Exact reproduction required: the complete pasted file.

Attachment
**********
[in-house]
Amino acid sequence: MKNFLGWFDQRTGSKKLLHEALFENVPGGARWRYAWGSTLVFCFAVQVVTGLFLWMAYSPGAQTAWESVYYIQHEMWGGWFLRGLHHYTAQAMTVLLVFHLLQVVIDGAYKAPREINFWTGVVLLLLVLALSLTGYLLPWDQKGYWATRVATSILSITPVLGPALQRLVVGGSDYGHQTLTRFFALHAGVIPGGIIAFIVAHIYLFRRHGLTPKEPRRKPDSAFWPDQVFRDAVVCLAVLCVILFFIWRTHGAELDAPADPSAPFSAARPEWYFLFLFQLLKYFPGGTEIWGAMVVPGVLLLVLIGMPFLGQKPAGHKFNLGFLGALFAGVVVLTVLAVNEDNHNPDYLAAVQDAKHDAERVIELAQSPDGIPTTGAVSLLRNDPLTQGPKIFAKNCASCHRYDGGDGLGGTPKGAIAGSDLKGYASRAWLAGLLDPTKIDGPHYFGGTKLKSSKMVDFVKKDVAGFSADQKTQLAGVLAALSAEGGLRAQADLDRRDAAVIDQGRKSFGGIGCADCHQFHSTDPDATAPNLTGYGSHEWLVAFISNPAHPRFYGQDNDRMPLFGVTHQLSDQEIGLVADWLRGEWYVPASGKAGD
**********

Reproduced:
[in-house]
Amino acid sequence: MKNFLGWFDQRTGSKKLLHEALFENVPGGARWRYAWGSTLVFCFAVQVVTGLFLWMAYSPGAQTAWESVYYIQHEMWGGWFLRGLHHYTAQAMTVLLVFHLLQVVIDGAYKAPREINFWTGVVLLLLVLALSLTGYLLPWDQKGYWATRVATSILSITPVLGPALQRLVVGGSDYGHQTLTRFFALHAGVIPGGIIAFIVAHIYLFRRHGLTPKEPRRKPDSAFWPDQVFRDAVVCLAVLCVILFFIWRTHGAELDAPADPSAPFSAARPEWYFLFLFQLLKYFPGGTEIWGAMVVPGVLLLVLIGMPFLGQKPAGHKFNLGFLGALFAGVVVLTVLAVNEDNHNPDYLAAVQDAKHDAERVIELAQSPDGIPTTGAVSLLRNDPLTQGPKIFAKNCASCHRYDGGDGLGGTPKGAIAGSDLKGYASRAWLAGLLDPTKIDGPHYFGGTKLKSSKMVDFVKKDVAGFSADQKTQLAGVLAALSAEGGLRAQADLDRRDAAVIDQGRKSFGGIGCADCHQFHSTDPDATAPNLTGYGSHEWLVAFISNPAHPRFYGQDNDRMPLFGVTHQLSDQEIGLVADWLRGEWYVPASGKAGD